The proposal was shelved, so at least for now there will be no extra tax on soda as California comes to grips with what some health groups estimate is a $41-billion-per-year obesity problem.
With science to back him up, state Assm. Bill Monning (D-Carmel) pleaded with the California State Assembly Committee on Revenue and Taxation to approve his soda tax proposal. It would levy a penny-per-ounce tax on sugar-sweetened beverages in California. A typical can of soda would cost 12 cents extra. The money would help fight childhood obesity.
"In the last 30 years, the average American's caloric intake has increased by 300 calories, and 43 percent of those additional calories come from soda consumption," said Dr. Kitty Hart, a family practice doctor.
But the beverage industry also brought in an expert to point out the obesity problem is so complex, it can't be solved by targeting just one food item.
"Back in the '80s when we tended to focus only on fat, we said that was the most important thing," said registered dietitian Lisa Katic. "People then switched to other foods that didn't contain a lot of fat, and we still continued to get fat."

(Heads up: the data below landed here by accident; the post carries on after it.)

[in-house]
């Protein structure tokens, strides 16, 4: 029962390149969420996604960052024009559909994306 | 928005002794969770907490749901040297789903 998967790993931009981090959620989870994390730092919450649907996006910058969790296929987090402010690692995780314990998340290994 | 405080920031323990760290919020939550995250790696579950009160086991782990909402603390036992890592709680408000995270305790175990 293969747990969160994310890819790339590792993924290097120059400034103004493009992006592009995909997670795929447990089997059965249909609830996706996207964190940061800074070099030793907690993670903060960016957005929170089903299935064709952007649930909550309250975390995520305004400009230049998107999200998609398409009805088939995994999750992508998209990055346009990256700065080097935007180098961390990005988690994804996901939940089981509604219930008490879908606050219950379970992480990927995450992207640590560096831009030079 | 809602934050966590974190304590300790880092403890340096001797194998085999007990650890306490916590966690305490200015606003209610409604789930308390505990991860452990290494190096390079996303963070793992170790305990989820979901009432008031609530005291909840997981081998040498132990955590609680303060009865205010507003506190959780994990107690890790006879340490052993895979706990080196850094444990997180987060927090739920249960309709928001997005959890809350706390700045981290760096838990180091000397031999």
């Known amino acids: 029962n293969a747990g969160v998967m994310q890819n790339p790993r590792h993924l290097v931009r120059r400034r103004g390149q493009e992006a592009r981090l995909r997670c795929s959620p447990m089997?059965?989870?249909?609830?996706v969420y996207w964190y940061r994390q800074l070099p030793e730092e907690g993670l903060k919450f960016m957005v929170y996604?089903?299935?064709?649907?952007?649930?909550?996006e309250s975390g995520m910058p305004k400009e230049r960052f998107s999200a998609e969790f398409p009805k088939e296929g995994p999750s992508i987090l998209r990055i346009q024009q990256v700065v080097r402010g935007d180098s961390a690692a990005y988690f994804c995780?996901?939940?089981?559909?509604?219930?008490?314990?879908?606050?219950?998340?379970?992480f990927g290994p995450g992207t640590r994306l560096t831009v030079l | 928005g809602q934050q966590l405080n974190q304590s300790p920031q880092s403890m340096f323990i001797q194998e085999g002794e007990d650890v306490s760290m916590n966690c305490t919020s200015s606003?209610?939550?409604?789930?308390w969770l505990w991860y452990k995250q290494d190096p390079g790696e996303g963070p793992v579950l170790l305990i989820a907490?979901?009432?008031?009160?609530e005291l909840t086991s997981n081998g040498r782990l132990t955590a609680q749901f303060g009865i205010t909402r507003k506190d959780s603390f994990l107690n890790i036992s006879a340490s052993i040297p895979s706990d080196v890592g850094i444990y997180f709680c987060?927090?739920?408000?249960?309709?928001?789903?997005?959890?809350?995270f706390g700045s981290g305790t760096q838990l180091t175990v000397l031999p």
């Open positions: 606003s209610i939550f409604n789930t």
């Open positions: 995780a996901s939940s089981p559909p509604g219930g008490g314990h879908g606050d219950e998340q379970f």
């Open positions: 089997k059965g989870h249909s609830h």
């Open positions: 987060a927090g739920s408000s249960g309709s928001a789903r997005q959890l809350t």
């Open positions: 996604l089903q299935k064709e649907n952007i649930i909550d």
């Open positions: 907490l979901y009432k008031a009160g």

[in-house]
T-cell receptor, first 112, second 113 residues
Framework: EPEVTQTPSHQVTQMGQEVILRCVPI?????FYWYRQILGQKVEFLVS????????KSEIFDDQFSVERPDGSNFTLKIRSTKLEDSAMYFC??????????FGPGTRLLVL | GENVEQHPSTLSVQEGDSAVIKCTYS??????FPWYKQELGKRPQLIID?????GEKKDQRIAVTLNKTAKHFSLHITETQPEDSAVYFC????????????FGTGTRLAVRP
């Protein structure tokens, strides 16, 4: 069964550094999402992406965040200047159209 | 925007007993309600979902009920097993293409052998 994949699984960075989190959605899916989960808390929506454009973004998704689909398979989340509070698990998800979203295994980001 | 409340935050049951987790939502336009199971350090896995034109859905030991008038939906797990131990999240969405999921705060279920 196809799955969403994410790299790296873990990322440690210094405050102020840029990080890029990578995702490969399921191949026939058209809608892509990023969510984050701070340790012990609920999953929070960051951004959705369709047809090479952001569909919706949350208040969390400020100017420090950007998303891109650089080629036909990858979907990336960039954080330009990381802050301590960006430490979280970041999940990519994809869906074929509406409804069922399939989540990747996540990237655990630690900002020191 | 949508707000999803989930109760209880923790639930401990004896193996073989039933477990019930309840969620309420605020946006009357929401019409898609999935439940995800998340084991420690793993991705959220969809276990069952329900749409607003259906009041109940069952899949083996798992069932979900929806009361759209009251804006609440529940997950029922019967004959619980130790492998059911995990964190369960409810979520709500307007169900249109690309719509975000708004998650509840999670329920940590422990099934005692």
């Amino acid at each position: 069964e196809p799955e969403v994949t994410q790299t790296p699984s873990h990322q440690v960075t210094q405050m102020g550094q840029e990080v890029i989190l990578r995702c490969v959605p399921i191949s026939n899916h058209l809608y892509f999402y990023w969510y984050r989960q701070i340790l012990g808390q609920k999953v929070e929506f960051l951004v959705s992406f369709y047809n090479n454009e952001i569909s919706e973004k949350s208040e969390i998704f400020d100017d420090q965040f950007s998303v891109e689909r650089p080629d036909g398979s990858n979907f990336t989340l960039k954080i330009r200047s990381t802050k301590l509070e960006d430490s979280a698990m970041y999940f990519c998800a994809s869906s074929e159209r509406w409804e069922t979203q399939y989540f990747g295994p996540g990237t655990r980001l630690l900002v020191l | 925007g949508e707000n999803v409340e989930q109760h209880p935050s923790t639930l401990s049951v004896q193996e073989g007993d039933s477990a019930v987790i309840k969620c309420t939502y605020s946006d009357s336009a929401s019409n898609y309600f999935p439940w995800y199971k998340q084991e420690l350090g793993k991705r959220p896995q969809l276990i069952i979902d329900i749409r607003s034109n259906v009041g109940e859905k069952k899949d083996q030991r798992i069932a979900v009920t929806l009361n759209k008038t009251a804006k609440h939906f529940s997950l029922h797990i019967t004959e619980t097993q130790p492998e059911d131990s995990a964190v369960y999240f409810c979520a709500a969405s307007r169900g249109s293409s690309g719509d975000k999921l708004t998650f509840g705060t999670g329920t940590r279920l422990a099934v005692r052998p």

The bill failed, with members saying parents and individuals should be responsible for what they drink, not government.
In an era of budget cuts, the soda tax would have brought in $1.7 billion per year to local schools and communities to help pay for more nutritious meals and physical education classes.
Some San Diego-area high school students say their campus could have used the money.
"We want to be active, and then the food -- all they serve us is pizza. Pizza isn't very healthy," said Chula Vista Berenica Garcia, a high-school sophomore.
Others were glad the soda tax didn't get approved, because of the cost.
"Let's just say it was a dollar: a dollar plus the regular tax, plus another tax for how many ounces are in it? It's too much," said National City resident Darcie Vargas, a high school freshman.
Assemblyman Monning vows to keep trying to pass a soda tax. He says today's obese children will be tomorrow's chronically ill adults with very high healthcare costs.